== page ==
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Use of Anticoagulants Within 24 Hours of Hospitalization Can Reduce Death in COVID-19 Patients

February 12, 2021
by Julie Parry

Blood clots, through venous thromboembolism and arterial thromboses, have been shown to be one of the causes of death in individuals with COVID-19. Medications that prevent blood clots, or anticoagulants, may be effective in treating patients with the disease. New research published in The BMJ shows that patients put on preventative doses of anticoagulants within the first 24 hours of being hospitalized with COVID-19 are about 30 percent less likely to die compared to those not put on anticoagulant medication.

Led by researchers at London School of Hygiene & Tropical Medicine (LSHTM), Yale School of Medicine (YSM), Vanderbilt University Medical Center, and the U.S. Department of Veterans Affairs (VA), the observational cohort study found that early initiation of prophylactic anticoagulation was safe and effective in treating patients hospitalized with COVID-19.

"As we await full reporting of ongoing clinical trials, these findings provide strong real-world evidence to support guidelines recommending the use of prophylactic anticoagulation as initial therapy upon hospital admission for COVID-19 patients who do not have a contraindication to this therapy," said LSHTM’s Christopher Rentsch, PhD, study co-lead author.

“This study is an outstanding example of the use of electronic health record data from the national Veterans Affairs Healthcare System to rapidly address urgent problems in health care,” said YSM’s Amy C. Justice, MD, PhD, C.N.H. Long Professor of Medicine (General Medicine) and professor of Public Health (Health Policy) served as co-principal investigator of the study.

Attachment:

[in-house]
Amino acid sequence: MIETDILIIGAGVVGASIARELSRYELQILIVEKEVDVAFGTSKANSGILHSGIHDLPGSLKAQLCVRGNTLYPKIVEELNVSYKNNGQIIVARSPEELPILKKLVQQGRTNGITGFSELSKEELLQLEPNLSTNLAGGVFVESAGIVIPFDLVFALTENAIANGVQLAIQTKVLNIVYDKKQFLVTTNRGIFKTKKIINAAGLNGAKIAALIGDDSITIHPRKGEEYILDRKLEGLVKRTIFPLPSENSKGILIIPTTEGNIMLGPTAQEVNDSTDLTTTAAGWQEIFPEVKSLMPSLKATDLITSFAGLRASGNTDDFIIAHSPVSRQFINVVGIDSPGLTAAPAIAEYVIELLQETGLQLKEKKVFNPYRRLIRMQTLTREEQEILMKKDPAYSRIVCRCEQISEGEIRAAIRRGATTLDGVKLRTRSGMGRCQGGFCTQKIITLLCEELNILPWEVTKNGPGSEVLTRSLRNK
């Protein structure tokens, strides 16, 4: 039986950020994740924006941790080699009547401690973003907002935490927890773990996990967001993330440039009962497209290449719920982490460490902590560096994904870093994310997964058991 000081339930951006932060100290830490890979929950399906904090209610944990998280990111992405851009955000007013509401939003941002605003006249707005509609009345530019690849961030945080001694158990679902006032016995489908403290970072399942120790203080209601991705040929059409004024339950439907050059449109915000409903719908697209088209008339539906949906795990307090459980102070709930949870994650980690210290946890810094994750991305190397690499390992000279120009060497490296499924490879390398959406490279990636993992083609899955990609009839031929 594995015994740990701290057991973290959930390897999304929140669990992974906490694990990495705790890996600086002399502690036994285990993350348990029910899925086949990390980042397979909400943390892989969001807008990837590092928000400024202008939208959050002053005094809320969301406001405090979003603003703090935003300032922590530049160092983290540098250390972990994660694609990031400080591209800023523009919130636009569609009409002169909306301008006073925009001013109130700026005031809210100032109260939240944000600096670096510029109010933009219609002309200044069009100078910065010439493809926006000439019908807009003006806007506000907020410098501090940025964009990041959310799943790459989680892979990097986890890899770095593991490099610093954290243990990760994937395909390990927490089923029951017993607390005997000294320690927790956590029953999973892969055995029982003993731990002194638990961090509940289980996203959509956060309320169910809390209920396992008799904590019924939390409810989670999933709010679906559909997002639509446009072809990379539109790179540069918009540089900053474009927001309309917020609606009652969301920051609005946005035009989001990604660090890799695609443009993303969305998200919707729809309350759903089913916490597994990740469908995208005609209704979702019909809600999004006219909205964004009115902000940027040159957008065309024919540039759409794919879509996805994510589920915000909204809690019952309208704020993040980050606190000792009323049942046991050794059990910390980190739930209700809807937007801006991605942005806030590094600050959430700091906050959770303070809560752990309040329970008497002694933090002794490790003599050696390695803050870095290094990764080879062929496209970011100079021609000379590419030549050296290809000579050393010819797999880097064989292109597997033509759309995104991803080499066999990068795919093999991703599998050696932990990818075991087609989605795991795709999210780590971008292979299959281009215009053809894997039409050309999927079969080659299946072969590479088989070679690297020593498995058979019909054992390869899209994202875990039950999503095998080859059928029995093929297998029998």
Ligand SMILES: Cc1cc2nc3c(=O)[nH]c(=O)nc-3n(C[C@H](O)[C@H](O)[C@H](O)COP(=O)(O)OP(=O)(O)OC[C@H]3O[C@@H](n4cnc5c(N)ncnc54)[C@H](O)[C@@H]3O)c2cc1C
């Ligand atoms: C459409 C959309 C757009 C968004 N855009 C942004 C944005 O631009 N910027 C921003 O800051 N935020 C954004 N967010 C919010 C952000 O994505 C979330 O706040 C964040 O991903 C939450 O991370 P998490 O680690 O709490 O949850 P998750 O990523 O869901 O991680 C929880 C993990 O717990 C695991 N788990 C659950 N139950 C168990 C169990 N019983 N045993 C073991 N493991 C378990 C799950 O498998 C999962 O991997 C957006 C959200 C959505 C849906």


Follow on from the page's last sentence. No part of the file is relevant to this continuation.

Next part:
Using VA hospitalization data from March 1, 2020 through July 31, 2020, the team looked at each individual with a confirmed COVID-19 diagnosis who was able to receive an anticoagulation medicine within 24 hours of admission to the hospital. Of the 4,297 patients were hospitalized with COVID-19 during this time period, 84 percent received prophylactic anticoagulation within the first 24 hours of admission. Nearly all the patients received subcutaneous heparin or enoxaparin.

The researchers followed these patients to identify who died or experienced a serious bleeding event within 30 days after hospital admission and looked to see if there were differences in the rates of death or serious bleeding events between patients who were given prophylactic doses of anticoagulation and those who received no anticoagulation in the first 24 hours of hospital admission.

14.3 percent of patients who received prophylactic anticoagulation and 18.7 percent of patients who didn’t receive the medication died within thirty days of hospital admission. This amounts to an absolute risk decrease of 4.4 percent or relative risk decrease of 27 percent. Receipt of prophylactic anticoagulation was not associated with increased risk of serious bleeding events. Additionally, researchers concluded that the benefit associated with prophylactic anticoagulation appeared to be greater among patients who were not admitted to the intensive care unit.

This was a large, well-designed study using electronic health record data and comprehensively accounted for reasons why people are given, or not given, anticoagulation. Results were also unchanged in several sensitivity analyses, suggesting that they withstand scrutiny. However, the researchers acknowledge that due to the observational nature of the study, a degree of uncertainty persists that can only be addressed through randomized trials.

Other YSM collaborators included Farah Kidwai-Khan, MS; Janet P. Tate, MPH, ScD; and Joseph T. King, Jr., MD, MSCE. The study was funded by U.S. VA Health Services Research and Development and the National Institutes of Health.

Submitted by Julie Parry on February 12, 2021